The storytelling followed the questions being asked by the detective inspector in charge of investigating the disappearance of Uman. There was some British colloquialism used but they barely impede the rhythm of the story. When Gloria came back (relatively in one piece), she knew that she’ll never be the same person she once was. Throughout the exposition, Gloria and her mother would face some home truths about each other and their family as a whole. While Uman was judged as the instigator in the beginning, some light would be shed as to just how much involvement Gloria contributed to the events that happened in days that they disappeared. Each question is answered in a form of revelation; exposing the parts of Gloria and Uman no one knew – not even themselves.

There are so many reasons why this book had me in its trance. Uman is a very charming character. He was fascinating in such a way that one would be fascinated by a sociopath. I also needed to know where he ended up, and how Gloria found her way back home. The life of a vagabond is full of strife. Even more so if you’re only 15.

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[621]: Twisted by Emma Chase

17977710 Gallery Books | March 25th, 2014
Series: Tangled, #2
Adult Fiction | Romance
Rating: 3 out of 5 Stars

There are two kinds of people in the world. The ones who look first, and the ones who leap. I’ve always been more of a looker. Cautious. A planner. That changed after I met Drew Evans. He was so persistent. So sure of himself – and of me.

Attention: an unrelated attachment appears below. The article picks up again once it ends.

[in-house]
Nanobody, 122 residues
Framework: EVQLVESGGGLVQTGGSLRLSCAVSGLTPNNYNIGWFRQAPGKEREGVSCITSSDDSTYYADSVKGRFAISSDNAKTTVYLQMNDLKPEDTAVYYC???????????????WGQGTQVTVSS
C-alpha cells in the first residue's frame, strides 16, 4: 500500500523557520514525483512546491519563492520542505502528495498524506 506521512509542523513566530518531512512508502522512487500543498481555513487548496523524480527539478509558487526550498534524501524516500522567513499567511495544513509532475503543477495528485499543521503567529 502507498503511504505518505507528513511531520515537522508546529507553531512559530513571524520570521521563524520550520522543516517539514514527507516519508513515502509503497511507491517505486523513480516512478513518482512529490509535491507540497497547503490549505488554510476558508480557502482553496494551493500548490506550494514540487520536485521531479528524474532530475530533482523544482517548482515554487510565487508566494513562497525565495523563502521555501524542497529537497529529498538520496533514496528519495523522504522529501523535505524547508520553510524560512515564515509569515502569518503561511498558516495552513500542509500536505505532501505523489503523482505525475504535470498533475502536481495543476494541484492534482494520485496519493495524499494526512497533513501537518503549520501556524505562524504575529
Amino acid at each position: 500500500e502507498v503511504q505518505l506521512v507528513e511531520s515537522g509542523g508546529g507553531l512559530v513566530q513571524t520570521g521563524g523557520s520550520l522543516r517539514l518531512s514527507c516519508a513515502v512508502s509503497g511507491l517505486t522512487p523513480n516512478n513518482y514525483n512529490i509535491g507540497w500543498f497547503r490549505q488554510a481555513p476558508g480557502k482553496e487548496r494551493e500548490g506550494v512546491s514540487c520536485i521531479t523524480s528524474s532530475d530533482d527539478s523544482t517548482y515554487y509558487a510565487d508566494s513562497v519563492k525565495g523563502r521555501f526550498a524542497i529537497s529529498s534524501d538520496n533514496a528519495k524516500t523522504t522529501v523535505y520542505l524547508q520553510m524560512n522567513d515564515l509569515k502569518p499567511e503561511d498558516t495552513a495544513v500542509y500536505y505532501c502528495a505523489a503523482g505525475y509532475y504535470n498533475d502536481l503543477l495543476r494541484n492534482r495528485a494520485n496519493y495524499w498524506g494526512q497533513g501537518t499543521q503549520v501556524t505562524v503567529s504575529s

But not all love stories end happily ever after. Did you think Drew and I were going to ride off into the sunset? Join the club. Now I have to make a choice, the most important of my life. Drew already made his –in fact, he tried to decide for the both of us. But you know that’s just not my style. So I came back to Greenville. Alone. Well, sort of alone….

What I’ve come to realize is that old habits die hard and sometimes you have to go back to where you began, before you can move ahead.

TWISTED picks up two years after Tangled’s end, and is told from Kate’s POV.

So here we are back for more. This time, through Kate’s point of view. This isn’t a rehashing of what had happened in Tangled, but a continuation of their story. I’m not going to lie, if it wasn’t for the eventual resolution of their story, I would be leaving a scathing review. But since I was able to take more good than bad, I decided to give it a middle grade.

Once again, we’re treated to the hilarity of Drew’s twisted view of the world and life in general. The sex is hotter than ever and even more adventurous. They can’t get enough of each other and Drew seems to be showing signs that he’s really changing his ways. So why then do we find Kate broken hearted at the beginning of the story? Well, you’d have to read it, of course.